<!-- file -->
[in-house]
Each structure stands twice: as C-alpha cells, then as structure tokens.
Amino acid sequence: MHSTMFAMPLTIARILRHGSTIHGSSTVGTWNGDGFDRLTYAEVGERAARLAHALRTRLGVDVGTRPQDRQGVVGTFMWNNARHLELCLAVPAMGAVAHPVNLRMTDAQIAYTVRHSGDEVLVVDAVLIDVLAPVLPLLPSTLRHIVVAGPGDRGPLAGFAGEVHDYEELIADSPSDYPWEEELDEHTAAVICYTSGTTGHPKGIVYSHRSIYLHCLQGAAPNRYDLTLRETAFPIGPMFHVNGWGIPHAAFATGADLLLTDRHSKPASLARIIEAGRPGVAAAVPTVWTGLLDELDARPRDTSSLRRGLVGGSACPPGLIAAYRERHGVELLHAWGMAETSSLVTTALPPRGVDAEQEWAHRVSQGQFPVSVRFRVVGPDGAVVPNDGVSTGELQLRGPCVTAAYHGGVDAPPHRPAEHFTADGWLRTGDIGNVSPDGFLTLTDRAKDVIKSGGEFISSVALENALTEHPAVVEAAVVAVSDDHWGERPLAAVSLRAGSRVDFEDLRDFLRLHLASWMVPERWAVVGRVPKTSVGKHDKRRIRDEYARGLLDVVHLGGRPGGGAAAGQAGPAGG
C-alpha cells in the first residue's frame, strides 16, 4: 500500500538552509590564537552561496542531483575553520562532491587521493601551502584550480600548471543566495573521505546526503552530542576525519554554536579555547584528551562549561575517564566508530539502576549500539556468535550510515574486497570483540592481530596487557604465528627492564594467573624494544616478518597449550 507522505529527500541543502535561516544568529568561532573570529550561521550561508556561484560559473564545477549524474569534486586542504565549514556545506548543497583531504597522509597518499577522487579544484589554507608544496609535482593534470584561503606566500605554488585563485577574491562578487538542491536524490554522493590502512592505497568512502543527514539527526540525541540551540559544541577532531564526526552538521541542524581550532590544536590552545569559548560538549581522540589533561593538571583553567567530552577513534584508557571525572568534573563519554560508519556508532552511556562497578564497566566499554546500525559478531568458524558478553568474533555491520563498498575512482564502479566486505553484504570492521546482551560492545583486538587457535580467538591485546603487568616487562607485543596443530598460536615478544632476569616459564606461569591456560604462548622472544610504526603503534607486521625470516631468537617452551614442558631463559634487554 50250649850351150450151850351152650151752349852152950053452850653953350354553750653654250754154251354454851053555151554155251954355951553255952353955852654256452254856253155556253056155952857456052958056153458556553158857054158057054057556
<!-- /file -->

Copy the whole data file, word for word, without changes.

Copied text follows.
[in-house]
Each structure stands twice: as C-alpha cells, then as structure tokens.
Amino acid sequence: MHSTMFAMPLTIARILRHGSTIHGSSTVGTWNGDGFDRLTYAEVGERAARLAHALRTRLGVDVGTRPQDRQGVVGTFMWNNARHLELCLAVPAMGAVAHPVNLRMTDAQIAYTVRHSGDEVLVVDAVLIDVLAPVLPLLPSTLRHIVVAGPGDRGPLAGFAGEVHDYEELIADSPSDYPWEEELDEHTAAVICYTSGTTGHPKGIVYSHRSIYLHCLQGAAPNRYDLTLRETAFPIGPMFHVNGWGIPHAAFATGADLLLTDRHSKPASLARIIEAGRPGVAAAVPTVWTGLLDELDARPRDTSSLRRGLVGGSACPPGLIAAYRERHGVELLHAWGMAETSSLVTTALPPRGVDAEQEWAHRVSQGQFPVSVRFRVVGPDGAVVPNDGVSTGELQLRGPCVTAAYHGGVDAPPHRPAEHFTADGWLRTGDIGNVSPDGFLTLTDRAKDVIKSGGEFISSVALENALTEHPAVVEAAVVAVSDDHWGERPLAAVSLRAGSRVDFEDLRDFLRLHLASWMVPERWAVVGRVPKTSVGKHDKRRIRDEYARGLLDVVHLGGRPGGGAAAGQAGPAGG
C-alpha cells in the first residue's frame, strides 16, 4: 500500500538552509590564537552561496542531483575553520562532491587521493601551502584550480600548471543566495573521505546526503552530542576525519554554536579555547584528551562549561575517564566508530539502576549500539556468535550510515574486497570483540592481530596487557604465528627492564594467573624494544616478518597449550 507522505529527500541543502535561516544568529568561532573570529550561521550561508556561484560559473564545477549524474569534486586542504565549514556545506548543497583531504597522509597518499577522487579544484589554507608544496609535482593534470584561503606566500605554488585563485577574491562578487538542491536524490554522493590502512592505497568512502543527514539527526540525541540551540559544541577532531564526526552538521541542524581550532590544536590552545569559548560538549581522540589533561593538571583553567567530552577513534584508557571525572568534573563519554560508519556508532552511556562497578564497566566499554546500525559478531568458524558478553568474533555491520563498498575512482564502479566486505553484504570492521546482551560492545583486538587457535580467538591485546603487568616487562607485543596443530598460536615478544632476569616459564606461569591456560604462548622472544610504526603503534607486521625470516631468537617452551614442558631463559634487554 50250649850351150450151850351152650151752349852152950053452850653953350354553750653654250754154251354454851053555151554155251954355951553255952353955852654256452254856253155556253056155952857456052958056153458556553158857054158057054057556